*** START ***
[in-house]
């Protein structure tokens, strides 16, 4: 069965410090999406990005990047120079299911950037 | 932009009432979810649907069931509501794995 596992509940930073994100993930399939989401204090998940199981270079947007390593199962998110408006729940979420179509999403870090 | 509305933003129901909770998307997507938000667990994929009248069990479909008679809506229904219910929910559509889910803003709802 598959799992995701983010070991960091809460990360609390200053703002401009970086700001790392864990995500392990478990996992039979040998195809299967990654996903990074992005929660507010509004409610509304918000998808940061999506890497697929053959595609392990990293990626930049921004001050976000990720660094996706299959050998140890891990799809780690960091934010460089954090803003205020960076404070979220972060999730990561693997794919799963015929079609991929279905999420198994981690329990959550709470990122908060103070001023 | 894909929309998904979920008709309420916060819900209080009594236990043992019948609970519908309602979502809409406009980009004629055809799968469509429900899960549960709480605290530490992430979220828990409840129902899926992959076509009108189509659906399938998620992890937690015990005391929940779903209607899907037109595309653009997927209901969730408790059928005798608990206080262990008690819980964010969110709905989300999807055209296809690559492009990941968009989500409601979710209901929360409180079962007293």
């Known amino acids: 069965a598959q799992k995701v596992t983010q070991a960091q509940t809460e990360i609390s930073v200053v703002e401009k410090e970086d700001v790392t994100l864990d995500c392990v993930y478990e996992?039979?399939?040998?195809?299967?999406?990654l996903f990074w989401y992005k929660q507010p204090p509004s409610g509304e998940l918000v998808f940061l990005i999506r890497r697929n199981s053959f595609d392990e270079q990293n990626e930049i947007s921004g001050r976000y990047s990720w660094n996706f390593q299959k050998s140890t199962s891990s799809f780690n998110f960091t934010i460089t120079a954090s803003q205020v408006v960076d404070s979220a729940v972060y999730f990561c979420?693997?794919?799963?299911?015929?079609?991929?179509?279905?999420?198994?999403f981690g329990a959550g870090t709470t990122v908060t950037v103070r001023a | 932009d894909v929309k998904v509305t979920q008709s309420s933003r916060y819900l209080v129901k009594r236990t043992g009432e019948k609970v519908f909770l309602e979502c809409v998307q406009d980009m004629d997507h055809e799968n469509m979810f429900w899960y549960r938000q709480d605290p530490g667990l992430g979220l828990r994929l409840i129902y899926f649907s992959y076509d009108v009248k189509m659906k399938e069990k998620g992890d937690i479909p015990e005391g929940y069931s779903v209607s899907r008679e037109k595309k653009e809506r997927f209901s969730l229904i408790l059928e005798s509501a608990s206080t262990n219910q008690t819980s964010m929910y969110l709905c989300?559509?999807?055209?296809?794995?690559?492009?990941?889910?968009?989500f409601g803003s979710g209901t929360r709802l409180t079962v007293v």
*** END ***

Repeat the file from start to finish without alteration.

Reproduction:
[in-house]
């Protein structure tokens, strides 16, 4: 069965410090999406990005990047120079299911950037 | 932009009432979810649907069931509501794995 596992509940930073994100993930399939989401204090998940199981270079947007390593199962998110408006729940979420179509999403870090 | 509305933003129901909770998307997507938000667990994929009248069990479909008679809506229904219910929910559509889910803003709802 598959799992995701983010070991960091809460990360609390200053703002401009970086700001790392864990995500392990478990996992039979040998195809299967990654996903990074992005929660507010509004409610509304918000998808940061999506890497697929053959595609392990990293990626930049921004001050976000990720660094996706299959050998140890891990799809780690960091934010460089954090803003205020960076404070979220972060999730990561693997794919799963015929079609991929279905999420198994981690329990959550709470990122908060103070001023 | 894909929309998904979920008709309420916060819900209080009594236990043992019948609970519908309602979502809409406009980009004629055809799968469509429900899960549960709480605290530490992430979220828990409840129902899926992959076509009108189509659906399938998620992890937690015990005391929940779903209607899907037109595309653009997927209901969730408790059928005798608990206080262990008690819980964010969110709905989300999807055209296809690559492009990941968009989500409601979710209901929360409180079962007293």
């Known amino acids: 069965a598959q799992k995701v596992t983010q070991a960091q509940t809460e990360i609390s930073v200053v703002e401009k410090e970086d700001v790392t994100l864990d995500c392990v993930y478990e996992?039979?399939?040998?195809?299967?999406?990654l996903f990074w989401y992005k929660q507010p204090p509004s409610g509304e998940l918000v998808f940061l990005i999506r890497r697929n199981s053959f595609d392990e270079q990293n990626e930049i947007s921004g001050r976000y990047s990720w660094n996706f390593q299959k050998s140890t199962s891990s799809f780690n998110f960091t934010i460089t120079a954090s803003q205020v408006v960076d404070s979220a729940v972060y999730f990561c979420?693997?794919?799963?299911?015929?079609?991929?179509?279905?999420?198994?999403f981690g329990a959550g870090t709470t990122v908060t950037v103070r001023a | 932009d894909v929309k998904v509305t979920q008709s309420s933003r916060y819900l209080v129901k009594r236990t043992g009432e019948k609970v519908f909770l309602e979502c809409v998307q406009d980009m004629d997507h055809e799968n469509m979810f429900w899960y549960r938000q709480d605290p530490g667990l992430g979220l828990r994929l409840i129902y899926f649907s992959y076509d009108v009248k189509m659906k399938e069990k998620g992890d937690i479909p015990e005391g929940y069931s779903v209607s899907r008679e037109k595309k653009e809506r997927f209901s969730l229904i408790l059928e005798s509501a608990s206080t262990n219910q008690t819980s964010m929910y969110l709905c989300?559509?999807?055209?296809?794995?690559?492009?990941?889910?968009?989500f409601g803003s979710g209901t929360r709802l409180t079962v007293v």